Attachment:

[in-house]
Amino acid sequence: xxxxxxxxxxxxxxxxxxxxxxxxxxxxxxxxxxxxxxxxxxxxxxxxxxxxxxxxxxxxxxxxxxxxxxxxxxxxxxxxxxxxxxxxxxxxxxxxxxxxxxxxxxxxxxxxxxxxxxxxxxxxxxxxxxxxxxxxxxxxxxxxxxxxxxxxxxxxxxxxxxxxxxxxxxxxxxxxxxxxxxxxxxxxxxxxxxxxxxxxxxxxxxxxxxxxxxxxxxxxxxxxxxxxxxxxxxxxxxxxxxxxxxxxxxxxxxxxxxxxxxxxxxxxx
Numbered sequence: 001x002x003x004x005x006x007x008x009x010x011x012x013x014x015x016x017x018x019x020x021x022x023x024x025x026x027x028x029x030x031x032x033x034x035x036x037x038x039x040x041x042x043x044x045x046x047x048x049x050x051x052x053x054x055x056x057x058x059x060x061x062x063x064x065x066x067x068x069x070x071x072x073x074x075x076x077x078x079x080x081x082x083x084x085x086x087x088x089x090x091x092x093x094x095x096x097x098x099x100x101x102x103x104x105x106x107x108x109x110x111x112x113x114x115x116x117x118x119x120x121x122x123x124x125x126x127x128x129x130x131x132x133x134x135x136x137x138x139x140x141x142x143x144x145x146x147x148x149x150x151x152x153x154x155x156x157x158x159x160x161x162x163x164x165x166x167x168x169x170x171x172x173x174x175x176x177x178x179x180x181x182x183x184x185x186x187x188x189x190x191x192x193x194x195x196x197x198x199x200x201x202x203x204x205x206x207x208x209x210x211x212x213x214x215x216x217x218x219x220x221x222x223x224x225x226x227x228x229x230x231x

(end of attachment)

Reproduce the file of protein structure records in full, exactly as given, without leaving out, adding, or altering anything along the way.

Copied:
[in-house]
Amino acid sequence: xxxxxxxxxxxxxxxxxxxxxxxxxxxxxxxxxxxxxxxxxxxxxxxxxxxxxxxxxxxxxxxxxxxxxxxxxxxxxxxxxxxxxxxxxxxxxxxxxxxxxxxxxxxxxxxxxxxxxxxxxxxxxxxxxxxxxxxxxxxxxxxxxxxxxxxxxxxxxxxxxxxxxxxxxxxxxxxxxxxxxxxxxxxxxxxxxxxxxxxxxxxxxxxxxxxxxxxxxxxxxxxxxxxxxxxxxxxxxxxxxxxxxxxxxxxxxxxxxxxxxxxxxxxxx
Numbered sequence: 001x002x003x004x005x006x007x008x009x010x011x012x013x014x015x016x017x018x019x020x021x022x023x024x025x026x027x028x029x030x031x032x033x034x035x036x037x038x039x040x041x042x043x044x045x046x047x048x049x050x051x052x053x054x055x056x057x058x059x060x061x062x063x064x065x066x067x068x069x070x071x072x073x074x075x076x077x078x079x080x081x082x083x084x085x086x087x088x089x090x091x092x093x094x095x096x097x098x099x100x101x102x103x104x105x106x107x108x109x110x111x112x113x114x115x116x117x118x119x120x121x122x123x124x125x126x127x128x129x130x131x132x133x134x135x136x137x138x139x140x141x142x143x144x145x146x147x148x149x150x151x152x153x154x155x156x157x158x159x160x161x162x163x164x165x166x167x168x169x170x171x172x173x174x175x176x177x178x179x180x181x182x183x184x185x186x187x188x189x190x191x192x193x194x195x196x197x198x199x200x201x202x203x204x205x206x207x208x209x210x211x212x213x214x215x216x217x218x219x220x221x222x223x224x225x226x227x228x229x230x231x